Jimmy Finkelstein’s ‘Brooding’ in Florida After The Messenger’s Collapse

Photo Illustration by Luis G. Rendon/The Daily Beast/Getty

Following the spectacular flame-out of doomed “centrist” news site The Messenger, owner Jimmy Finkelstein left hundreds of employees high and dry without severance pay or health insurance—prompting them to file a class-action lawsuit, citing New York worker protection laws. And staffers are particularly incensed, The Daily Beast has learned, because an employee handbook—put together by The Messenger’s HR department—promised severance in the event of mass layoffs or restructuring of the business.

The manual in question addressed a theoretical “reduction of force” or “reorganization” by noting that impacted employees would be paid a certain amount following job cuts. “Severance will be paid at the rate of one and a half (1 ½) weeks per year of service, not to exceed six (6) months in duration. Subject to applicable law, employees shall be required to execute the Company’s standard release as a condition of receiving severance pay,” the handbook explains.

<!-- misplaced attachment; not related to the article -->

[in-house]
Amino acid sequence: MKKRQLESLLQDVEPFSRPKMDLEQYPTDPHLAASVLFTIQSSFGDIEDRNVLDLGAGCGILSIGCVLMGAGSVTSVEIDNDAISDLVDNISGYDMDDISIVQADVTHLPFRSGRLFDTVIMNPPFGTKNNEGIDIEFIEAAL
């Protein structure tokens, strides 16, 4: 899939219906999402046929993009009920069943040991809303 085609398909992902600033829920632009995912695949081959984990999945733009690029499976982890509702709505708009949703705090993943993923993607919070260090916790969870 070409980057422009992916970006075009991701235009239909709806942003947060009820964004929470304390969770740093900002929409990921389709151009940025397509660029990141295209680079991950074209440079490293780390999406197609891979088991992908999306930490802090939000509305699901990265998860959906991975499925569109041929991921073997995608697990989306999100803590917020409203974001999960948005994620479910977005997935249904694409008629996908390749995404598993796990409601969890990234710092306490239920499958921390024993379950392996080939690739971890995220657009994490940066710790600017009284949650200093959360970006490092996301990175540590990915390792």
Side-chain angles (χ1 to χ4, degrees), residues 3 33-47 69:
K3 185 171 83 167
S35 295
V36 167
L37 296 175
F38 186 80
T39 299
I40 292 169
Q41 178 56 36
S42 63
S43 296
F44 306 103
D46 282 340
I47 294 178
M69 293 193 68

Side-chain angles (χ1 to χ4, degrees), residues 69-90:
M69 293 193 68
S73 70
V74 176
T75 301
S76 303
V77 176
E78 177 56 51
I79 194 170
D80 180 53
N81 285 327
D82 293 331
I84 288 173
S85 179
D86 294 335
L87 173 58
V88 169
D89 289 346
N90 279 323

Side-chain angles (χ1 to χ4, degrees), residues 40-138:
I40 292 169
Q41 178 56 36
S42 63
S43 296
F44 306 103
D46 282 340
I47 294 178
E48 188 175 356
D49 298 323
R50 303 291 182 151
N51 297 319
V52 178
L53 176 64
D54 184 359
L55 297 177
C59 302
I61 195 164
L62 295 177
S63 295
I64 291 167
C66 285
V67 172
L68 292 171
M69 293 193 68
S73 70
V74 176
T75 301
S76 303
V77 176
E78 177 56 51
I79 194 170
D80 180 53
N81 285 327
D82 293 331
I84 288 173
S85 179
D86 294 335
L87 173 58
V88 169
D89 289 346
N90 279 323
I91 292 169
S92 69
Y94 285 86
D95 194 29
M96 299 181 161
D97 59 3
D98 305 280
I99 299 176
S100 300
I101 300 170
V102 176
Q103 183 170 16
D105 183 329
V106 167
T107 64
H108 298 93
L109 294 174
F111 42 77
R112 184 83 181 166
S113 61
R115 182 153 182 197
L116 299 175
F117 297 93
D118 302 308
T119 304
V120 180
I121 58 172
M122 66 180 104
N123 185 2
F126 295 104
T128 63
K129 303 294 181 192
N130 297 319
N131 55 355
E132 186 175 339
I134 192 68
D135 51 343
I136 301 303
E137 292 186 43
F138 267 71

Ex-employees told Confider that the two dozen Messenger staffers who were laid off a month before the site’s implosion did indeed receive two weeks’ severance—but those who remained until the end were left empty-handed.

Read more at The Daily Beast.


Source: The Daily Beast

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